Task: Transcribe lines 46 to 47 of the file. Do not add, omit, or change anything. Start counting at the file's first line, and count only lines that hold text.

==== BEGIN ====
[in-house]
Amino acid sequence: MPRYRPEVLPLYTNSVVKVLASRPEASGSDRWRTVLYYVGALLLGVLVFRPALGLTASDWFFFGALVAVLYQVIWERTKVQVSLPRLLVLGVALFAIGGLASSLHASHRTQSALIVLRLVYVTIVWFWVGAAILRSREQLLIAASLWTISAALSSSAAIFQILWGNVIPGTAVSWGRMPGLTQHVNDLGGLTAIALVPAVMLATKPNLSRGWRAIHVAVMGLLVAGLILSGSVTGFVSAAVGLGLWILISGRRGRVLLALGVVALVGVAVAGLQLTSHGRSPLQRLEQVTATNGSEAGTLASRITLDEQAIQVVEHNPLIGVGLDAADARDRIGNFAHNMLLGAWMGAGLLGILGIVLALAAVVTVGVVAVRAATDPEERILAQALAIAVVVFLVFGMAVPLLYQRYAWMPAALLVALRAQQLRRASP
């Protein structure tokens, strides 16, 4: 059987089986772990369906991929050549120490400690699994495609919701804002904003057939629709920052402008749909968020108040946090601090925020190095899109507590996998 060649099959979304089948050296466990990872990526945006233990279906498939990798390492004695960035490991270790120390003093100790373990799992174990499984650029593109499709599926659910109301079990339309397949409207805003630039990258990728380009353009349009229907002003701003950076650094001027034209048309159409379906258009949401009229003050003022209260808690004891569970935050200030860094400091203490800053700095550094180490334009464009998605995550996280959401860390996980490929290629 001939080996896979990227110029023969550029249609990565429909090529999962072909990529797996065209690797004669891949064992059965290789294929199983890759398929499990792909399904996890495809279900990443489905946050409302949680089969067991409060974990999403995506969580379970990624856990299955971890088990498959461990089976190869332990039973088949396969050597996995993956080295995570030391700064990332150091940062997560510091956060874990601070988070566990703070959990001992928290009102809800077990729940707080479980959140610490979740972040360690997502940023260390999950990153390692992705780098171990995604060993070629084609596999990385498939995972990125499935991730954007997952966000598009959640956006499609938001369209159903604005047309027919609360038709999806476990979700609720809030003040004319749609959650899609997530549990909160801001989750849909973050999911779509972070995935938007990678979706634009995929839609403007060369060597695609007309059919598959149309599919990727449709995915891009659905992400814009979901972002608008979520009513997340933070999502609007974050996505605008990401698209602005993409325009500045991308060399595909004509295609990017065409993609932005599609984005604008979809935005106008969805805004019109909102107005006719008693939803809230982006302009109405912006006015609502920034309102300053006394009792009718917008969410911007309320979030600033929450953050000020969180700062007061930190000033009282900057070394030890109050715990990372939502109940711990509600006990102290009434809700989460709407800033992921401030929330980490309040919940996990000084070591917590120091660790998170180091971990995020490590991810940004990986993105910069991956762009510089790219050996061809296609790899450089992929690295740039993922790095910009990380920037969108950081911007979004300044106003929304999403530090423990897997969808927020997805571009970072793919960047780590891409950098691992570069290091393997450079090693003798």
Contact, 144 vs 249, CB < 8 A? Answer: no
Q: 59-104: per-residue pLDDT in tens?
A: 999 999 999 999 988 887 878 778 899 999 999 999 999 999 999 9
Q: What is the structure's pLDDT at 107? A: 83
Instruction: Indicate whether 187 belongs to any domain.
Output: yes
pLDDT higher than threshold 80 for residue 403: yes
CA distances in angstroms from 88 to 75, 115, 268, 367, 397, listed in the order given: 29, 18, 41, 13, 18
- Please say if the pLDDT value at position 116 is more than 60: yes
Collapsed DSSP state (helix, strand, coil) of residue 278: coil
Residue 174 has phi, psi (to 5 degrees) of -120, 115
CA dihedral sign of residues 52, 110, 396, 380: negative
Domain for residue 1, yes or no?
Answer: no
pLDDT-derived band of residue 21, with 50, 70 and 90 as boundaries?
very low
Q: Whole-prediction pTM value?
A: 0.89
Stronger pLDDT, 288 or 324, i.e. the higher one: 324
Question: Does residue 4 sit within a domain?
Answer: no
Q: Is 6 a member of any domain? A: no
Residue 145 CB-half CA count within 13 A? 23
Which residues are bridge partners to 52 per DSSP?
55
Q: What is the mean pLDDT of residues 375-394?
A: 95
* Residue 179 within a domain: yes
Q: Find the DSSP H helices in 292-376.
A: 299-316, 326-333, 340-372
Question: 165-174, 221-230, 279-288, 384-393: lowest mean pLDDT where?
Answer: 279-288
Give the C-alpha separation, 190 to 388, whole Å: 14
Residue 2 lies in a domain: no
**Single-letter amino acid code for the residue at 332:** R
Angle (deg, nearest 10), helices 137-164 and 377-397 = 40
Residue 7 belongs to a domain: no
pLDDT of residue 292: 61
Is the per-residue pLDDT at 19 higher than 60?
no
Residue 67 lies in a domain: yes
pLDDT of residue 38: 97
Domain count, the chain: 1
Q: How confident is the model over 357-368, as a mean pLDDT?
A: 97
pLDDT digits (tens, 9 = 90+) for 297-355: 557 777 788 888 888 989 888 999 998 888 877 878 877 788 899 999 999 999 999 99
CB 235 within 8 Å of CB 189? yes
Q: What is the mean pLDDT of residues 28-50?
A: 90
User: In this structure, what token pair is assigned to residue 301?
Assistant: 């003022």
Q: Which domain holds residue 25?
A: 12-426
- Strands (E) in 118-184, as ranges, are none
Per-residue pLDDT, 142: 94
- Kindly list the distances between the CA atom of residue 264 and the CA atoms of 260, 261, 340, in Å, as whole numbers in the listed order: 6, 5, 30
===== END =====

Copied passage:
Domain count, the chain: 1
Q: How confident is the model over 357-368, as a mean pLDDT?